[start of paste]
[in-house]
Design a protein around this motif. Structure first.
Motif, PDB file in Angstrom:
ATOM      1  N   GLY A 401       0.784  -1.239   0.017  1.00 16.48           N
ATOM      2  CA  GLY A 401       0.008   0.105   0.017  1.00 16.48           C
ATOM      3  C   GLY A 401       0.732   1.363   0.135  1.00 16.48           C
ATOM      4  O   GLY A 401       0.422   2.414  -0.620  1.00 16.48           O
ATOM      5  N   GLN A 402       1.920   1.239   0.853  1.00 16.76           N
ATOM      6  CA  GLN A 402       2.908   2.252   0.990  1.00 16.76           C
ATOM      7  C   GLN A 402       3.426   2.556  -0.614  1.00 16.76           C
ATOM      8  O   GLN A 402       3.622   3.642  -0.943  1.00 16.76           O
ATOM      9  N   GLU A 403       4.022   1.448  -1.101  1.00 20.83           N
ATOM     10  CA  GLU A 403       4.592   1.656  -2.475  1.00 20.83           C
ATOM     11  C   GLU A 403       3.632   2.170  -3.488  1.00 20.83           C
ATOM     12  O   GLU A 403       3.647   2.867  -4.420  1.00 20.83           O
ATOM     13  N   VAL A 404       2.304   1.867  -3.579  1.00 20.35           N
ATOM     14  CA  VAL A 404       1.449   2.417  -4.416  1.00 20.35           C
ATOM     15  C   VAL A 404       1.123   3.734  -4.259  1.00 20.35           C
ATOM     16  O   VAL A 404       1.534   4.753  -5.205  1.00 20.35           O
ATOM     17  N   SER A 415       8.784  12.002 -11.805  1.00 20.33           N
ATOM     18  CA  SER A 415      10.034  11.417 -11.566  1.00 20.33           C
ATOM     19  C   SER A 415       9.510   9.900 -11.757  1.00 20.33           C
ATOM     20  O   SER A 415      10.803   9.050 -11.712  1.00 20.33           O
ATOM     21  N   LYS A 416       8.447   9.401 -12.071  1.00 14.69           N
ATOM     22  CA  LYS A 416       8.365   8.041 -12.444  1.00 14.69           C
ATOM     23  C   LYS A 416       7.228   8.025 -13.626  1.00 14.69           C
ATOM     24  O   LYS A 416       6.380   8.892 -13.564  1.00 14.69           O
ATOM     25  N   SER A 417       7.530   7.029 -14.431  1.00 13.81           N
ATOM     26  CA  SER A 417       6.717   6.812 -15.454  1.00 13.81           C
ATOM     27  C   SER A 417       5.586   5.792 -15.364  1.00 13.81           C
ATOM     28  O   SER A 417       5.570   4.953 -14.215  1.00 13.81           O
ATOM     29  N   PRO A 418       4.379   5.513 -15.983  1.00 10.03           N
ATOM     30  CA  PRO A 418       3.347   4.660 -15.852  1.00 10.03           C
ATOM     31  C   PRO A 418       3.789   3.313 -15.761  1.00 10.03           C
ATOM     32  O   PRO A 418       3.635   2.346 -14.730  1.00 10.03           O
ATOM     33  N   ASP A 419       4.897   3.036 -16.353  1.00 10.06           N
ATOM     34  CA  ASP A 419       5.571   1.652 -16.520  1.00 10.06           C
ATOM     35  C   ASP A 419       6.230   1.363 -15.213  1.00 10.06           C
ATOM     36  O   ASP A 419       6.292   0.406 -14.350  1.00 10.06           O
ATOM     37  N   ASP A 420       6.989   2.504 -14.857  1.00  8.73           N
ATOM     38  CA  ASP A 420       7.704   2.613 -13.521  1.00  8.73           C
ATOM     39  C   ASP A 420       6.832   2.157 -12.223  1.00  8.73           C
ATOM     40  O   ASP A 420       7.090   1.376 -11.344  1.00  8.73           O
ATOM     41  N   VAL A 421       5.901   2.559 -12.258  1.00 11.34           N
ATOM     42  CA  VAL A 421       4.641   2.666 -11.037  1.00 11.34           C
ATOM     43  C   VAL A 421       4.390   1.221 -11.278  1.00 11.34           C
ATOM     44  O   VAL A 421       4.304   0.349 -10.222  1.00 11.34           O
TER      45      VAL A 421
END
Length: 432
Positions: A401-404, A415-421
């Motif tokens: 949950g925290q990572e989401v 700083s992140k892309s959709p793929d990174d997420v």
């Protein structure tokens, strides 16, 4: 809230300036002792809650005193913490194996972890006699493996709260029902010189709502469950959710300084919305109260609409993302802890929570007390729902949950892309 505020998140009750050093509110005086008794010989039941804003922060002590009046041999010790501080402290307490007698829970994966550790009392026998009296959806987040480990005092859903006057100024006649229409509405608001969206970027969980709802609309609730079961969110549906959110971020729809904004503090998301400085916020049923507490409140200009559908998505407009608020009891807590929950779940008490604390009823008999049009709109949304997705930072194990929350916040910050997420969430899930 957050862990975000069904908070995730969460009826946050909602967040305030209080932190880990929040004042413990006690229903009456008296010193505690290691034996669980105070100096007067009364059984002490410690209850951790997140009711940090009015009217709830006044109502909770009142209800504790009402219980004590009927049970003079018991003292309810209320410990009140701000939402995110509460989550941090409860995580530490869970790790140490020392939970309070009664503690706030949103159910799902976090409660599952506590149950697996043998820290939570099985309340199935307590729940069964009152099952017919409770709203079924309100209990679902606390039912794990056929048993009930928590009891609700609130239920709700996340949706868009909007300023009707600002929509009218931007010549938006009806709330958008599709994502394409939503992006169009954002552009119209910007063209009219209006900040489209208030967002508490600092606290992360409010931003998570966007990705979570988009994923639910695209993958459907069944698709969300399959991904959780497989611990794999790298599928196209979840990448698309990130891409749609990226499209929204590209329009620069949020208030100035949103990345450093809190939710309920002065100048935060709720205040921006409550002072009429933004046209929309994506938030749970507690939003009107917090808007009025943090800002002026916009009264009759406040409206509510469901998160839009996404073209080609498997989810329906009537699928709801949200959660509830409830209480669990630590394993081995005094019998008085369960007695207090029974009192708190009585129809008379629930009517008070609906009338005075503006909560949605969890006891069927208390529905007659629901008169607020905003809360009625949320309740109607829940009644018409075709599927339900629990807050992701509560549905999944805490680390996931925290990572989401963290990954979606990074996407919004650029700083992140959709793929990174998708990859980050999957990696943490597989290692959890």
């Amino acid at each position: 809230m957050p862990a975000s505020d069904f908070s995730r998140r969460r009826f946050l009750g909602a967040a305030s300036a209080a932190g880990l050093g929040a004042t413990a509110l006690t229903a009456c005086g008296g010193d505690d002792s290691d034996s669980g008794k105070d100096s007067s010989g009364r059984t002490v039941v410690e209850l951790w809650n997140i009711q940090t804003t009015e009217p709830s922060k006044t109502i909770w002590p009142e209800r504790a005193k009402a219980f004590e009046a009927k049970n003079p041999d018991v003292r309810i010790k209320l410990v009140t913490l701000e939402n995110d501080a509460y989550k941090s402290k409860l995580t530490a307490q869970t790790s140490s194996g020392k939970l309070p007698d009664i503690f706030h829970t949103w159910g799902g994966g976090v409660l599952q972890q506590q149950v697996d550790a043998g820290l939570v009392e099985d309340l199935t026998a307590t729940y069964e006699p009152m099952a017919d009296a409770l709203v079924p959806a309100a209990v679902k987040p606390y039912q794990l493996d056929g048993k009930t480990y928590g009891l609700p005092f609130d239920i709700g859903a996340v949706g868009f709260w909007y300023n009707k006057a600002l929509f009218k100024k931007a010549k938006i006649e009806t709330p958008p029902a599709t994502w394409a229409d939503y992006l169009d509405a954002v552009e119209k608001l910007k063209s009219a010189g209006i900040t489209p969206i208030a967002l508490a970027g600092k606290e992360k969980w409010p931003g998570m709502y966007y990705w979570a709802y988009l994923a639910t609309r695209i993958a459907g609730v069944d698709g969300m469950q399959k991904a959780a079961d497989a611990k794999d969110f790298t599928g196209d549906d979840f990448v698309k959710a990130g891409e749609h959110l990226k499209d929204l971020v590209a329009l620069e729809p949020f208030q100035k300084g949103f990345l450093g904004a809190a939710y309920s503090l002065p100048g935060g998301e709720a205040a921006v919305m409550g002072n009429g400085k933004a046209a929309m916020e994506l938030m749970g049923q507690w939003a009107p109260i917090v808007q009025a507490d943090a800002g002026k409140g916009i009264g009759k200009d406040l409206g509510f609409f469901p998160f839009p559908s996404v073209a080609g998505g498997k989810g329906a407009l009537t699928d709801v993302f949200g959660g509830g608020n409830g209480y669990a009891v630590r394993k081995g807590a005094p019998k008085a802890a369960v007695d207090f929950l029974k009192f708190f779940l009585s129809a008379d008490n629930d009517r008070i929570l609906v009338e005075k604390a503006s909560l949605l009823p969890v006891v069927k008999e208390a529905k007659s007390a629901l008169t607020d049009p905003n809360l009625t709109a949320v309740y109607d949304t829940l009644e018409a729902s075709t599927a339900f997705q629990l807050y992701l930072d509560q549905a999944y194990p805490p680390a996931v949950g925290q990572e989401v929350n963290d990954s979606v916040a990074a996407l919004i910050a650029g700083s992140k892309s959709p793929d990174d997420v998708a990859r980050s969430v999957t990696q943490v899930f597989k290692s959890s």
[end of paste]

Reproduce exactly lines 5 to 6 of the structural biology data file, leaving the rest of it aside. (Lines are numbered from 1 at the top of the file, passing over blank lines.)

ATOM      2  CA  GLY A 401       0.008   0.105   0.017  1.00 16.48           C
ATOM      3  C   GLY A 401       0.732   1.363   0.135  1.00 16.48           C